Big Data and Artificial Intelligence (AI) are common conversation topics in IT circles nowadays. Initially, these buzzwords were just a couple of the many doing the rounds and adding to the confusion in organisations trying to stay relevant in a world where technology is changing as fast as worker expectations. Big Data and AI are often treated as separate entities, but are they truly different? They each deserve a spotlight in conversation but building a bridge between these two concepts can be more beneficial to businesses’ instead of constructing a wall that separates the two.
Let’s try and define what Big Data and AI represent. Big Data is simply, as it sounds, large amounts of data. This includes structured and unstructured data that is, as Gartner puts it, high-volume, high-velocity and/or high-variety information assets. This data is unactionable, unless this information is processed to reveal valuable insights related to behaviour, patterns and trends that inform business decisions. Traditional techniques are unable to compute such large amounts of data to deliver understandable and actionable informational insights. This is where AI comes in. Artificial Intelligence (without getting into the mechanics of Machine Learning, Deep Learning or Neural Networks) is a combination of algorithms that enable machines to process large amounts of data that produce information that is relevant in a business’s context. AI allows machines to “think” like humans, act on the data and react to the context that is added as an input to produce results that business leaders can understand and act on. This structured information that is (sometimes) predictive in nature, reveals trends, patterns and behaviours that can then be used to develop actionable and tactical tasks to meet business objectives.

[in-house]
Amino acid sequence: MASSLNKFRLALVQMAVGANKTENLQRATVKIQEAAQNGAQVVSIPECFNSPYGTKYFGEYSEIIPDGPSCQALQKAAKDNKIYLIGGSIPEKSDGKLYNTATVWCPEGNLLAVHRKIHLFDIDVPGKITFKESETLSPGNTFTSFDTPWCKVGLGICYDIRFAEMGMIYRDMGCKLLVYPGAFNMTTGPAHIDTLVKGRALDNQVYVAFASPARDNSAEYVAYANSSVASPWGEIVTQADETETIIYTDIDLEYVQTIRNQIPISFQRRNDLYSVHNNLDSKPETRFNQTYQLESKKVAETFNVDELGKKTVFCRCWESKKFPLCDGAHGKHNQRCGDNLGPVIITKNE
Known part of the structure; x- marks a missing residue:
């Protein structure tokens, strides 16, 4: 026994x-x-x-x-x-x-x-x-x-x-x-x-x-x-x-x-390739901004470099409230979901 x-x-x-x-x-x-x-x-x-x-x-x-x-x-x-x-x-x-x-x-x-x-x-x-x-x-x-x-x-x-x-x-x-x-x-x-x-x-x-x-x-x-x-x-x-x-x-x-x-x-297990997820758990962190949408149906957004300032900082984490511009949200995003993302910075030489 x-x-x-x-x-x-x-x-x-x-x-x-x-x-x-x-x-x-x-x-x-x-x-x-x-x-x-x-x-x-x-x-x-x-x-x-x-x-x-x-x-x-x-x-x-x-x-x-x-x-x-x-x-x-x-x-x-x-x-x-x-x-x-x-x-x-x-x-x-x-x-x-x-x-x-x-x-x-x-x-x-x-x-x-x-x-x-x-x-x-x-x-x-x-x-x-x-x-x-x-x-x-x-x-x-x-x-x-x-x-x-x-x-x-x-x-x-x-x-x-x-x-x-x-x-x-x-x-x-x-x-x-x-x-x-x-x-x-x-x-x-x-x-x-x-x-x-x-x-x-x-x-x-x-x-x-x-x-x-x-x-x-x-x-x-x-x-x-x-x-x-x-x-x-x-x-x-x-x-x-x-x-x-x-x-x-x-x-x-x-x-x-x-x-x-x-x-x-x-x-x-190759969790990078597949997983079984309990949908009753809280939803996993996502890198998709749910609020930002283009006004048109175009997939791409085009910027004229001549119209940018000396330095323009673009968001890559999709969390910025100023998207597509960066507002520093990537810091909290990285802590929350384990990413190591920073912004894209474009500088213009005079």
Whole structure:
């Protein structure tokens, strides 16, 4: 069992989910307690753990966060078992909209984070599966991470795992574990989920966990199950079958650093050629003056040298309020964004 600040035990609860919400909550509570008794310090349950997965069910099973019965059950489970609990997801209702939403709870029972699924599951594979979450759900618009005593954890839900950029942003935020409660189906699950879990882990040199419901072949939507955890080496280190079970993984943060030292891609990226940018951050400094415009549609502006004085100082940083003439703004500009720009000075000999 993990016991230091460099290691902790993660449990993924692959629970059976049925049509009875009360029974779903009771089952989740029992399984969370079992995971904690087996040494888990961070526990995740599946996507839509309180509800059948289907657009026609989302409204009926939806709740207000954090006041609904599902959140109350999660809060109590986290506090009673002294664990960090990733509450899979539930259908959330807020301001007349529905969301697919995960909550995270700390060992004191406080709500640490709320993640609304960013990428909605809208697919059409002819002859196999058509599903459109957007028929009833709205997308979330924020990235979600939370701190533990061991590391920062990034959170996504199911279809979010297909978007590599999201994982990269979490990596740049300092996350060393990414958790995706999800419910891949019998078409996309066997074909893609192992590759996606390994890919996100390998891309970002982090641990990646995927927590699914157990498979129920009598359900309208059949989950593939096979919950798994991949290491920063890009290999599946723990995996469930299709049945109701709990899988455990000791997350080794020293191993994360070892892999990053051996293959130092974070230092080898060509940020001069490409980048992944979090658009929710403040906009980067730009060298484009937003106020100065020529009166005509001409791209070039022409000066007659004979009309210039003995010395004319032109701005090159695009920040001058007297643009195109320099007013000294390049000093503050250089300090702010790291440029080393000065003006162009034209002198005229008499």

A survey conducted by NewVantage Partners of C-level executives, about Big Data and AI, found that 76.5% of these executives feel that AI and Big Data are becoming closely interconnected. Organisations can use available data to improve AI-related initiatives that empower business decisions. So, why are Big Data and AI treated as separate entities, when they seem to be natural enablers of each others’ capabilities? Most probably, because they are different tools with varying complexities, which allow businesses to achieve diverse insights to achieve their company vision.
To better understand the correlation between Big Data and AI, it is important to first understand how they are different. Alan Morrison, senior research fellow with consulting giant PwC, in a Datamation article, highlights that Big Data is the raw input of information that needs to be structured and cleaned, whereas AI is the output of understandable and usable information resulting from processed data. This is a major differentiator that makes these two entities innately different.